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Old 10-26-04, 06:39 PM
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Cymbalta(R) Provided Sustained Pain Relief for Women with Fibromyalgia, Study Shows

Improvement in pain unrelated to effect on mood and presence of major depression

SAN ANTONIO, Oct. 18 /PRNewswire-FirstCall/ -- The antidepressant Cymbalta® (duloxetine HCl; pronounced sim-BAWL'-tuh), a dual-reuptake inhibitor of serotonin and norepinephrine, 60 mg once or twice daily, significantly reduced pain in more than half of women treated for fibromyalgia, with and without major depression, according to 12-week data presented this week at the annual meeting of the American College of Rheumatology.

These data are being presented one month after another study, in which Cymbalta also significantly reduced pain in women with fibromyalgia versus placebo, was published in Arthritis and Rheumatism.

"The results in these study patients were very striking in the degree of reduction of pain, which is the primary symptom of fibromyalgia. In addition, Cymbalta significantly improved these patients' quality of life and overall functioning, as measured by quality of life and disability scales," said Lesley M. Arnold, MD, University of Cincinnati College of Medicine, Cincinnati, Ohio, who presented the study. "For many, the pain of fibromyalgia makes them so sensitive to being touched that even a hug from a loved-one can be intolerable."

In the study, Cymbalta's effect on pain was independent of any effect on mood, and there was no significant difference in response rates between patients in the study with and without major depression.

Fibromyalgia is a chronic disorder that causes widespread pain and tenderness in the muscles and soft tissue of nearly 6 million Americans, predominantly women.(1) According to the National Fibromyalgia Association, patients often experience a deep muscular aching, throbbing, twitching, stabbing and shooting pain that "knows no boundaries, migrating to all parts of the body and varying in intensity." Neurological complaints, such as numbness, tingling and burning, are often present and add to the discomfort of the patient.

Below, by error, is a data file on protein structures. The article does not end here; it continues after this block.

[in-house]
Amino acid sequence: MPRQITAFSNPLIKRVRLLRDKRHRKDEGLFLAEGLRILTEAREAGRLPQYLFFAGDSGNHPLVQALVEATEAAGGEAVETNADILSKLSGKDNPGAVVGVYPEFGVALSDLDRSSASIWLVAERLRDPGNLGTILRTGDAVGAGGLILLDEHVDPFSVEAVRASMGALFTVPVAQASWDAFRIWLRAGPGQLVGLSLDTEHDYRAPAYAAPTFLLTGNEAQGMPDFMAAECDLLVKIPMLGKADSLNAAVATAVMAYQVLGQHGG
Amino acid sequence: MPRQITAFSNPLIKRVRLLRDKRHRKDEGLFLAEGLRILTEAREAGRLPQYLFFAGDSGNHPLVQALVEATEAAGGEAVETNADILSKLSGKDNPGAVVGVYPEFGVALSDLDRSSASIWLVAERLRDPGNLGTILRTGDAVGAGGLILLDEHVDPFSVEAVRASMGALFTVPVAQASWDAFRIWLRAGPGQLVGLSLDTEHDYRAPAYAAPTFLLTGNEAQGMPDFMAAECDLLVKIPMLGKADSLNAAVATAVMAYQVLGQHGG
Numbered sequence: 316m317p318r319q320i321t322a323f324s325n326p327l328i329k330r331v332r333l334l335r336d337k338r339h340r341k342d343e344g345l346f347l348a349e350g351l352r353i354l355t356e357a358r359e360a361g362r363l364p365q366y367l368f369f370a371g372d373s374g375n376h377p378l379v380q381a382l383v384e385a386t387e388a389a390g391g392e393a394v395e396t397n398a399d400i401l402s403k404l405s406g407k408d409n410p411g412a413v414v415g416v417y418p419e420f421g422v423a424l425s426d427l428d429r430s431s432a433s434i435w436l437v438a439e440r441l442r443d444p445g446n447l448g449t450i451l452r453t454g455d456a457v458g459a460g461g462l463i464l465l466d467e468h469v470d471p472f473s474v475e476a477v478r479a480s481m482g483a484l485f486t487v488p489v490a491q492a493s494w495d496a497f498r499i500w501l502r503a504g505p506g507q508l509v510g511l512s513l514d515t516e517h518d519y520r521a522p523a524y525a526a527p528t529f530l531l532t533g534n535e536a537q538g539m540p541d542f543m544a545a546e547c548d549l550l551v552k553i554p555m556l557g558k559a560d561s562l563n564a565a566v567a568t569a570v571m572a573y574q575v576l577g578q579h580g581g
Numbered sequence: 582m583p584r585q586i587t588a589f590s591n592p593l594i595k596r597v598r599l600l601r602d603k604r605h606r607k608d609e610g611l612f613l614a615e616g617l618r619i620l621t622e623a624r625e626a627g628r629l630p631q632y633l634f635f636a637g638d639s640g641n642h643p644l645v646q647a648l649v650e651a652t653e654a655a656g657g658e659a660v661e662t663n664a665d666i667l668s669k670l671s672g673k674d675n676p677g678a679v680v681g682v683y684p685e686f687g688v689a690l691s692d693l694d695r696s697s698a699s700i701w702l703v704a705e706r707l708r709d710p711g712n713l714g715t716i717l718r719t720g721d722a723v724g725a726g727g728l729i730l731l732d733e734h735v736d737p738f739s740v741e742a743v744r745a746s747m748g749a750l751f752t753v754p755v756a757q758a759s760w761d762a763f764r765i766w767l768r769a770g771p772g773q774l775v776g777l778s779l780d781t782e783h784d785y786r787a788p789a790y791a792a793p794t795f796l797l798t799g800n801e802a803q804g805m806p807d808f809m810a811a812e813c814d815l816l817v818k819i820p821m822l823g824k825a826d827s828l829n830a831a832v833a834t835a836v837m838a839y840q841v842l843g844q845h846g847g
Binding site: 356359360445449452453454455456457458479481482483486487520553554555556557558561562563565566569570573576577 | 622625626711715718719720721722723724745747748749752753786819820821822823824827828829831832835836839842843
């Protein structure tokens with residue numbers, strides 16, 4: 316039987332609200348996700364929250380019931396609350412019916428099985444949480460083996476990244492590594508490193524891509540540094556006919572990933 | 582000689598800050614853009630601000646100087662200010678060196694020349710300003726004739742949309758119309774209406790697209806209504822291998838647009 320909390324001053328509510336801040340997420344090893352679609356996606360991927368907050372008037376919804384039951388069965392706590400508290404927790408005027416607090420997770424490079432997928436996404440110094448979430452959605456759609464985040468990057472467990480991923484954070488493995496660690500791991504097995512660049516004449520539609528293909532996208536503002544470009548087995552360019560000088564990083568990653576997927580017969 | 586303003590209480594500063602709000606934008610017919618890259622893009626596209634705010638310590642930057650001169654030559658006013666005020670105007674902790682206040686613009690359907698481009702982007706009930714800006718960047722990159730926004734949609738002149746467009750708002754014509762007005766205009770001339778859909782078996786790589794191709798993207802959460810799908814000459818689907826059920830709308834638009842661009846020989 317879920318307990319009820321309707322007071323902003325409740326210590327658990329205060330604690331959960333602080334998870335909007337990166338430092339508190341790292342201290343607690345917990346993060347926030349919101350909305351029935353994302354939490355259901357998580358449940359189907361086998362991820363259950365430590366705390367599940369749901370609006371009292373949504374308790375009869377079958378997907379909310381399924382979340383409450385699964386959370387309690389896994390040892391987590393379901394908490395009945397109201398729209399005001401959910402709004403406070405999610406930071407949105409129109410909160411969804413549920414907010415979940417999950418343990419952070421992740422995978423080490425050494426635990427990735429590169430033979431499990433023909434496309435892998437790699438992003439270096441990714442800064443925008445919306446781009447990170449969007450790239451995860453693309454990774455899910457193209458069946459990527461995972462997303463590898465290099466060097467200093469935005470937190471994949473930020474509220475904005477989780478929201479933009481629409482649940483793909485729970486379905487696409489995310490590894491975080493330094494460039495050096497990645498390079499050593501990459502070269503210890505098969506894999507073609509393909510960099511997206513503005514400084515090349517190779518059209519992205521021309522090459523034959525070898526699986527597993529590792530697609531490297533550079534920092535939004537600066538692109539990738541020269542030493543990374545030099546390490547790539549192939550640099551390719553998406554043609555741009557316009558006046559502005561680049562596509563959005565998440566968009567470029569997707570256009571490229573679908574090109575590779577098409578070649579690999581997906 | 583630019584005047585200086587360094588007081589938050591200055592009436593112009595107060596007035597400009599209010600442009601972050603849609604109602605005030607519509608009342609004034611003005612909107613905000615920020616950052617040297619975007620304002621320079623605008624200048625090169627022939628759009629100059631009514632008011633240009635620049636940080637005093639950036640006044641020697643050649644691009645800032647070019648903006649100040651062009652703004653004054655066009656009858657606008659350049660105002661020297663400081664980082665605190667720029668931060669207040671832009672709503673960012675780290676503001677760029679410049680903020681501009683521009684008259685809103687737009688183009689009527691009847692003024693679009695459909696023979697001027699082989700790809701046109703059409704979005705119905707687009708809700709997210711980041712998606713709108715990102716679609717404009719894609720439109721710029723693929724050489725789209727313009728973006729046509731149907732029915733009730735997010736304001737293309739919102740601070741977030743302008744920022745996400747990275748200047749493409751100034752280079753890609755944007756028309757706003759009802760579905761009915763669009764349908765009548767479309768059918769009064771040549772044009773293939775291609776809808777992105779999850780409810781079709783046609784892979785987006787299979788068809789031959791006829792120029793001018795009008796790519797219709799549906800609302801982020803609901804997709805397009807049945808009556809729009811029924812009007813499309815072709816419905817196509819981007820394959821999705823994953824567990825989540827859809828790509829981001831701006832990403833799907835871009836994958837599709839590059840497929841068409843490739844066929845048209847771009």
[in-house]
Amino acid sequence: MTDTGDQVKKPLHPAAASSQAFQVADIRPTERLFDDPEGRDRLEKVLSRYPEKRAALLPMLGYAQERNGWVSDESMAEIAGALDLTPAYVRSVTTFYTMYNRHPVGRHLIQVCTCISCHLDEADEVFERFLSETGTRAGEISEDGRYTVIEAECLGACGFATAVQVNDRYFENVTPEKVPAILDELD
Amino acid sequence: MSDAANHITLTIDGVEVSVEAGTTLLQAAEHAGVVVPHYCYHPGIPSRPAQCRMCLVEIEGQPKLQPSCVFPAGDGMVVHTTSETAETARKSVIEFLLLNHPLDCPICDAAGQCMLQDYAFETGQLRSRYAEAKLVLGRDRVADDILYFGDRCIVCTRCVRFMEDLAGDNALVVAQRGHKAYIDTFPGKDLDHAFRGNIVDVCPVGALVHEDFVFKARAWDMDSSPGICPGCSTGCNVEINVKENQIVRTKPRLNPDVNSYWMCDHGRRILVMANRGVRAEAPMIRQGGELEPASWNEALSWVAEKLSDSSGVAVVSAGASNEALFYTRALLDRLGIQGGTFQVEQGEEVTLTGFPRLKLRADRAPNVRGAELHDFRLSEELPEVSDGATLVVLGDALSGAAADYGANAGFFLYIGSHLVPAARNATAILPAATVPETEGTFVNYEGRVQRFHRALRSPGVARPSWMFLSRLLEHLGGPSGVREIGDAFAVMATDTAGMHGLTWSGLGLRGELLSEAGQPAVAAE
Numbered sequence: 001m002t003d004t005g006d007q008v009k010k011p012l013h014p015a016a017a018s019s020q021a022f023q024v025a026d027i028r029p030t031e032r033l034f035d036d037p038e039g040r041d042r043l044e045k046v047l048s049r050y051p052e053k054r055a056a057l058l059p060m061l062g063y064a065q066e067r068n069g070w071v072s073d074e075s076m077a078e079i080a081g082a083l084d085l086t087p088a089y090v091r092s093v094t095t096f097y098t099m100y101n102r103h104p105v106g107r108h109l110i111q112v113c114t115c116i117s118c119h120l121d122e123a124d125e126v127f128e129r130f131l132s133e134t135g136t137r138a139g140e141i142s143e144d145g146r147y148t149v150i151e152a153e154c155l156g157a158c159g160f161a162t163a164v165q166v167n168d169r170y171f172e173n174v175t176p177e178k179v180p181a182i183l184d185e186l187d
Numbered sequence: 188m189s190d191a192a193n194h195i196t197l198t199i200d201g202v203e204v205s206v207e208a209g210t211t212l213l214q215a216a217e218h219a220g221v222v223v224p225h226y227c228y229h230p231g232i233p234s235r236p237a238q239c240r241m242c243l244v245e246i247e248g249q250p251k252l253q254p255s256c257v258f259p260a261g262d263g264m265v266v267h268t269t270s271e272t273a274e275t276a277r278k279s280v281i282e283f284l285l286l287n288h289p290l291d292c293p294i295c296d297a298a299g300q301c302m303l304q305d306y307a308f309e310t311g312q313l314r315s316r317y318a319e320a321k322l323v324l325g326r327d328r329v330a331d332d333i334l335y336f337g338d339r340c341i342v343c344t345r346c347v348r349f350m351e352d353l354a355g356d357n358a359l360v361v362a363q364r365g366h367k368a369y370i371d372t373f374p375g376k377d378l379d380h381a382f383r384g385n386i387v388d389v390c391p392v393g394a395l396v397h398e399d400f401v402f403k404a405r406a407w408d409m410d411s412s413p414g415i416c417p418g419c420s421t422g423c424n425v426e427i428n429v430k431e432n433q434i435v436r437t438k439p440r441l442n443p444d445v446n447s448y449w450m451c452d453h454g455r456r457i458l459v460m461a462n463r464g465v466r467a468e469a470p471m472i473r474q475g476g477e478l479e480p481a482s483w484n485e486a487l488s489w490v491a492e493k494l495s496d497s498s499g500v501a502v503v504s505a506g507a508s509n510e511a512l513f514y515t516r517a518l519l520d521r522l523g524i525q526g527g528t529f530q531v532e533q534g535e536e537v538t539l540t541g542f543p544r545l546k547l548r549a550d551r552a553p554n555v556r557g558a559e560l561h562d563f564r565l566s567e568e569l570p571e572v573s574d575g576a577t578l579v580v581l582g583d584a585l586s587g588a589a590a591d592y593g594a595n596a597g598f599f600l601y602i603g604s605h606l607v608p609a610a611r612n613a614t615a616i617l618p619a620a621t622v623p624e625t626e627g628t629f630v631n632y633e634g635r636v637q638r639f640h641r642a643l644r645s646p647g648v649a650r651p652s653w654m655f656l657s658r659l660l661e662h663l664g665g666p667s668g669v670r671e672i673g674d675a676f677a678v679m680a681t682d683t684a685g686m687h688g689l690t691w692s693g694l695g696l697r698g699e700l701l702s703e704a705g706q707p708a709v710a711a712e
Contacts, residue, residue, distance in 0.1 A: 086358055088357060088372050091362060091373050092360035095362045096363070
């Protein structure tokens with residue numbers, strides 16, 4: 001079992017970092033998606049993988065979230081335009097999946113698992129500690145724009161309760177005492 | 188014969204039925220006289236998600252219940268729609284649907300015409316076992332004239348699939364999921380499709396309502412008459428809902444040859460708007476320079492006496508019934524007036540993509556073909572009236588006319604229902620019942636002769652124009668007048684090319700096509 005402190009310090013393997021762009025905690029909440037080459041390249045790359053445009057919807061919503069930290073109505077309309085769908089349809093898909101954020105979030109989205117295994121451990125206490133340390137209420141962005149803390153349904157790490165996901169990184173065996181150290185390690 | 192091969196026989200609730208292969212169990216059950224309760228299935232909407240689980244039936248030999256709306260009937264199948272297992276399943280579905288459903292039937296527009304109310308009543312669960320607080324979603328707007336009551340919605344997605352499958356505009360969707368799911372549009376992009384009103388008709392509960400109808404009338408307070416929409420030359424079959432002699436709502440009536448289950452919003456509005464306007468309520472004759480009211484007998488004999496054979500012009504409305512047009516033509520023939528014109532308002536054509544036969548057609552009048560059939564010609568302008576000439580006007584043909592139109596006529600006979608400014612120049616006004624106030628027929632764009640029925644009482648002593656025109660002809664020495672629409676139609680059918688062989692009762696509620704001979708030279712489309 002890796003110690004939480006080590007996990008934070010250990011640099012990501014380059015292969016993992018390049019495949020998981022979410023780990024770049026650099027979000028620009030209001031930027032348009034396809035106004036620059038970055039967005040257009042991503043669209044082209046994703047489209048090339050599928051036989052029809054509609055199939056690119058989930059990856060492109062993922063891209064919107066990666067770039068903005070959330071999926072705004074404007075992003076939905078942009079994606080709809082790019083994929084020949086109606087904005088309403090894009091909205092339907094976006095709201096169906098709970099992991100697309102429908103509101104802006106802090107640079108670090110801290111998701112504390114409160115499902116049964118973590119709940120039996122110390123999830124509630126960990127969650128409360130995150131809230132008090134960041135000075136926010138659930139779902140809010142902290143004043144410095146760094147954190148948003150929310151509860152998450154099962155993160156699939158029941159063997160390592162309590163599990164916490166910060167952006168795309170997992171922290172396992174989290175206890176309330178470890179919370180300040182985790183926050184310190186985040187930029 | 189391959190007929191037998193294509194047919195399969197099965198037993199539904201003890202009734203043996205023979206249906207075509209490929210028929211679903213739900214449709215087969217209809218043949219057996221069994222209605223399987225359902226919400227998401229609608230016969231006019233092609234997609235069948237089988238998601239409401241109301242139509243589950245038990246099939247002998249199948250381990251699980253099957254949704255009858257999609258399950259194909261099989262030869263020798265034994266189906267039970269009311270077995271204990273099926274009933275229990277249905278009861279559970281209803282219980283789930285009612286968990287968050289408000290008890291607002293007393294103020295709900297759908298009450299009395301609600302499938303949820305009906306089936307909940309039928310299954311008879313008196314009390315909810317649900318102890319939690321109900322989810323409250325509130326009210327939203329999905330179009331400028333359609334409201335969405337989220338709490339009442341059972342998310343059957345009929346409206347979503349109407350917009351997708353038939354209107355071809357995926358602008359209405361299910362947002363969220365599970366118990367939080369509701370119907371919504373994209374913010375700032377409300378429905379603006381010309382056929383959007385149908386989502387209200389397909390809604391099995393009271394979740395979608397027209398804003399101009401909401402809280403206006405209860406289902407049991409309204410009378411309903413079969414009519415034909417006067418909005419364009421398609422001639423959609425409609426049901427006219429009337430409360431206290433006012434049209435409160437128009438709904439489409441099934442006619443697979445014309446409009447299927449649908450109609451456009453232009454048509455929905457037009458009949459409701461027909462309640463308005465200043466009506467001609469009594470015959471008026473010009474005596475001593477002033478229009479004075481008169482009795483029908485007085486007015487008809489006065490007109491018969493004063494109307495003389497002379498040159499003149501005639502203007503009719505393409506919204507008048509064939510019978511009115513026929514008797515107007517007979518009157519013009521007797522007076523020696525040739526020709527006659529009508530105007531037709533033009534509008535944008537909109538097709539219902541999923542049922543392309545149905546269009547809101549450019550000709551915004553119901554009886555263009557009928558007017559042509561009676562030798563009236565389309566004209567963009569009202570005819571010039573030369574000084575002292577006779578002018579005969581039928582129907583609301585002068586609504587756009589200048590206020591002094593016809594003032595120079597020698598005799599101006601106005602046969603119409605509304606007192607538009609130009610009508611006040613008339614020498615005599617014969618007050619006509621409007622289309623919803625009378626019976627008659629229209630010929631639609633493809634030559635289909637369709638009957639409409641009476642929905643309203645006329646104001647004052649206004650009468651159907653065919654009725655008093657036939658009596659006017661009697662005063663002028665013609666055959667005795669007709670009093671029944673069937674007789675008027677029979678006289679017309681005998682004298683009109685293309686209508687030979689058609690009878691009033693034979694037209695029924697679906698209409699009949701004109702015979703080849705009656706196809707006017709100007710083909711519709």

While the cause of fibromyalgia remains unknown, it has been linked to abnormalities in the brain's neurotransmitters, serotonin and norepinephrine, the same neurotransmitters believed to play a role in major depressive disorder, diabetic peripheral neuropathic pain and stress urinary incontinence.(1)

There is no approved treatment for fibromyalgia. Cymbalta, a balanced and potent serotonin and norepinephrine reuptake inhibitor, is proven to help treat the emotional and painful physical symptoms of depression. It also is the only approved treatment for management of pain caused by diabetic peripheral neuropathy, a type of nerve damage. Cymbalta is not approved for the treatment of fibromyalgia.

Study Findings

* More than half of patients treated with 60 mg of Cymbalta, once or twice daily, responded to treatment after 12 weeks, compared with one-third of those taking a sugar pill.
* Patients treated with 60 mg of Cymbalta, once or twice daily, were significantly more likely to experience a sustained treatment response than those treated with a sugar pill (44 percent, 43 percent and 19 percent, respectively).
* Patients treated with 60 mg of Cymbalta, once or twice daily, had functional improvements on the Sheehan Disability Scale which measures disability at work, in family life and in social life, that were significantly greater than those of patients taking a sugar pill.
* Cymbalta 60 mg once or twice daily directly reduced pain (75.7 and 87.5 percent, respectively) more than the indirect effect attributed to improvement in depressive symptoms (24.4 percent and 12.5 percent, respectively).
* Cymbalta 60 mg twice a day also relieved the pain associated with tender points often associated with fibromyalgia.
* Treatment-emergent adverse events were more common in patients treated with Cymbalta 60 mg once or twice daily, than in those treated with a sugar pill (79.2 percent). Events were typically mild to moderate in severity.
* Patients taking Cymbalta 60 mg once or twice daily were more likely to discontinue because of side effects than those taking placebo (21.2 percent, 23.3 percent and 11.7 percent respectively).
* The most common side effects for patients taking Cymbalta (occurring in at least 5 percent of patients and at twice the rate for those receiving placebo) were nausea, dry mouth, constipation, diarrhea, decreased appetite, nasopharyngitis, increased sweating and anorexia. In addition, for patients taking Cymbalta 60 mg twice daily, sleepiness and feeling jittery were common side effects.